Ah! This is a good question. This is where the common man gets clueless, because, he thinks, if one studies an instrument, it is either to become a player or a teacher of that instrument and there are not necessarily any other avenues.
Well, it remains to be seen.
So, although I would concede that one studying drums can become a drummer or a drum teacher, even in those two branches alone, there are many, many possible jobs.
For the player, it could be someone who does a lot of gigs, who loves to be on the road. And even there, there are choices to be made. Does she want to be a blues drummer, or work on a cruise line, or do the NACA circuit or reach for stardom with a band, or compose and sing and be the new Phil Collins?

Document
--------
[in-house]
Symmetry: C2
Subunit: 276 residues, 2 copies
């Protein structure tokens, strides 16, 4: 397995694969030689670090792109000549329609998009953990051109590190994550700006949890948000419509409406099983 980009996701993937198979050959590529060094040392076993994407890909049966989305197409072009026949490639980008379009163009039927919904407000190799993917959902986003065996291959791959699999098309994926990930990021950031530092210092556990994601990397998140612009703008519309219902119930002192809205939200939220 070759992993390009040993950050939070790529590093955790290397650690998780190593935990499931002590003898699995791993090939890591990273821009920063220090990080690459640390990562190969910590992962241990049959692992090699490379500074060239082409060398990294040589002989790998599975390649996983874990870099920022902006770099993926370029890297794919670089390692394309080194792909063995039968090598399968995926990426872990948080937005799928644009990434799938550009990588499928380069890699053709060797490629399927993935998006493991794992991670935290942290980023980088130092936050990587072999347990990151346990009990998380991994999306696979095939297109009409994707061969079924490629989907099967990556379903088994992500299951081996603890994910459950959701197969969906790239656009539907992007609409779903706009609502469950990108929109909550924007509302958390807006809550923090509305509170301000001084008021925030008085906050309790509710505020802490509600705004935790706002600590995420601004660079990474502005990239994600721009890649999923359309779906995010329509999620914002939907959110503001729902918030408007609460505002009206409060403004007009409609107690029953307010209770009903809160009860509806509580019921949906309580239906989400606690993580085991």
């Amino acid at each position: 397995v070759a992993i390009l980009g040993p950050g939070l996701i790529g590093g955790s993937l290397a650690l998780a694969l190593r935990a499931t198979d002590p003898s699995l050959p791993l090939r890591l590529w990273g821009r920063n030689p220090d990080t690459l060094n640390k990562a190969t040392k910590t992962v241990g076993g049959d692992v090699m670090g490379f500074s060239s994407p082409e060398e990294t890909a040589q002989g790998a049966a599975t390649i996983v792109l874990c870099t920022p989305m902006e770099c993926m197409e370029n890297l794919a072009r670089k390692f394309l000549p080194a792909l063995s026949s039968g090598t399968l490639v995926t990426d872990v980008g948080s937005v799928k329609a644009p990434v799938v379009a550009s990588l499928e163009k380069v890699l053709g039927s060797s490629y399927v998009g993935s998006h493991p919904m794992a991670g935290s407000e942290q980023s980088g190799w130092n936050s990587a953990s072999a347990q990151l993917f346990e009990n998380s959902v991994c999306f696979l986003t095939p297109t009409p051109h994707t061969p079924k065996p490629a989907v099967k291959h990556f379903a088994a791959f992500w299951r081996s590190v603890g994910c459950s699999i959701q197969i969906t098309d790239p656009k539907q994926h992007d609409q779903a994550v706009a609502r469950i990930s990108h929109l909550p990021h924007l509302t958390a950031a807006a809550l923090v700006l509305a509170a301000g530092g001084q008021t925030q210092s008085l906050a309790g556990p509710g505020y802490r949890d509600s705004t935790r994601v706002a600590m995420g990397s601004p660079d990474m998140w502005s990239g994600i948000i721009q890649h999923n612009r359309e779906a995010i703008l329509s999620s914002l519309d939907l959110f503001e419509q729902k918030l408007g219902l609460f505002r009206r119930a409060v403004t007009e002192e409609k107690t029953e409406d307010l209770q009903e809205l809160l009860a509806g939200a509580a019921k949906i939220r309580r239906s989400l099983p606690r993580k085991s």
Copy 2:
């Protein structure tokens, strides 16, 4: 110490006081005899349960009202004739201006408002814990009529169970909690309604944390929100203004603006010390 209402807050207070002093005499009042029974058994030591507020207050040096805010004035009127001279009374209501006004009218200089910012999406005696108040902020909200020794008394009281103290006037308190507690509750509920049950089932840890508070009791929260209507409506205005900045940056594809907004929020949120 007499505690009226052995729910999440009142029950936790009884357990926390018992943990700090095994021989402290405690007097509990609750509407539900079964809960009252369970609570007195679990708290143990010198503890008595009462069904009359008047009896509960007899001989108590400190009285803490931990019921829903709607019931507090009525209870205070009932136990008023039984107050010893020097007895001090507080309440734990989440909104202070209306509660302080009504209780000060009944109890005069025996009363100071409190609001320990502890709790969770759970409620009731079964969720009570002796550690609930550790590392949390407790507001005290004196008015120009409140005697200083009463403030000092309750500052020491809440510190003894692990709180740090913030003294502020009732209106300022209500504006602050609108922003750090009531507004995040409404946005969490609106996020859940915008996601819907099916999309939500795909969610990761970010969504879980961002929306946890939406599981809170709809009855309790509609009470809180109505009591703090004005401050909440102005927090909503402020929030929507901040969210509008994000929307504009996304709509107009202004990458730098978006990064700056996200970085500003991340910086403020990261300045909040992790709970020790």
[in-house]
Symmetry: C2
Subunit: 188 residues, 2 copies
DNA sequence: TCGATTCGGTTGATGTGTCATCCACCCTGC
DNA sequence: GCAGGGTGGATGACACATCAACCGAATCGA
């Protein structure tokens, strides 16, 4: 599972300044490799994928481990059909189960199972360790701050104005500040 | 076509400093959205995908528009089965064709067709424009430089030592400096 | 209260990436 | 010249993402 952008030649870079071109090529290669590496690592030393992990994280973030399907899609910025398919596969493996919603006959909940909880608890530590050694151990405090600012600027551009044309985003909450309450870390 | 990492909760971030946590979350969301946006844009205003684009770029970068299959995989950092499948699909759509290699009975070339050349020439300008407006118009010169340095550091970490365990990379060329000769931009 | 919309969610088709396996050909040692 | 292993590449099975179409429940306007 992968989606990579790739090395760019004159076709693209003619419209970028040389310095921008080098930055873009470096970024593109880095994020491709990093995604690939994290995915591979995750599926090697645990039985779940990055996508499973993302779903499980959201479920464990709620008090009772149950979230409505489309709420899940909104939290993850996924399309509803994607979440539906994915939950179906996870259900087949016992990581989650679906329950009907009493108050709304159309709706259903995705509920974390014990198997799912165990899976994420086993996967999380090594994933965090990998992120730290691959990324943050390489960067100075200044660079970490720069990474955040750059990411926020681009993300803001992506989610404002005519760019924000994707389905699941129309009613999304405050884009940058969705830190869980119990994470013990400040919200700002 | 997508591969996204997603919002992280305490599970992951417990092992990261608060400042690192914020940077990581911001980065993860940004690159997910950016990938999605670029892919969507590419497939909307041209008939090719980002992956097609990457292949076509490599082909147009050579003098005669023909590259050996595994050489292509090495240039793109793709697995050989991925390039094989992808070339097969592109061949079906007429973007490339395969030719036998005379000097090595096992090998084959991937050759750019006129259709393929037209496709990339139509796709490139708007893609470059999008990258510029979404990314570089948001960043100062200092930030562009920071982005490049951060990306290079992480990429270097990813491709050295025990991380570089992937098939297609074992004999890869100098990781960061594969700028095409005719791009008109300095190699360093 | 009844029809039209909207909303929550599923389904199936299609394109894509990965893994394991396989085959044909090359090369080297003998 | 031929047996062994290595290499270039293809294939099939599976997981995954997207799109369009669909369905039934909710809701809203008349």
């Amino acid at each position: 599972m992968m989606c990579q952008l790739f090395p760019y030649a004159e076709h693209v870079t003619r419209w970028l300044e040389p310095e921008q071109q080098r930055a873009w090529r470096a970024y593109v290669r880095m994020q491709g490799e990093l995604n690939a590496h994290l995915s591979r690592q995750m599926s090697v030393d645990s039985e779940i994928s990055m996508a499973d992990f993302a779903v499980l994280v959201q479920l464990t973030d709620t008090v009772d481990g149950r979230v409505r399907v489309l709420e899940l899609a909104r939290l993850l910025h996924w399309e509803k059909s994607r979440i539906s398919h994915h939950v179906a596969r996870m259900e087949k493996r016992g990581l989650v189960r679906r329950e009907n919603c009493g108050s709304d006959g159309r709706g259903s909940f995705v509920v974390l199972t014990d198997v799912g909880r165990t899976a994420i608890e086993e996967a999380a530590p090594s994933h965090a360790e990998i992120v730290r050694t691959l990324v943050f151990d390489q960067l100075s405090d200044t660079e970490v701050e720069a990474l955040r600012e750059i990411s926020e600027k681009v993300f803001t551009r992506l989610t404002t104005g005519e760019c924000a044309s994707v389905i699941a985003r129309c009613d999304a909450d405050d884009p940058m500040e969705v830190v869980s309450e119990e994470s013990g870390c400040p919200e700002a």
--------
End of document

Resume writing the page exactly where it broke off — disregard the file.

As for teaching, same thing: private drum teacher could be tempting. Or working for a public or private school system, or opening your own school with different teachers, or going to Africa to teach little kids about the art of drumming, or writing drum methods, or working for a music school, etc…
My point is this: study music because you love music. Spend the time, the effort, the money to understand it correctly. Then, as you do so, look around, see what you are interested in, explore the vast and diverse landscape of musicians jobs. It will take time because there are so many things to do.
I always say that the problem with music is that one can become what she wants to become. The only limit is your imagination. But to answer with a joke the question “What kind of career can a music education lead to?” Try this as an answer: Chairman of the federal reserve bank. Because Alan Greenspan used to be a professional clarinetist.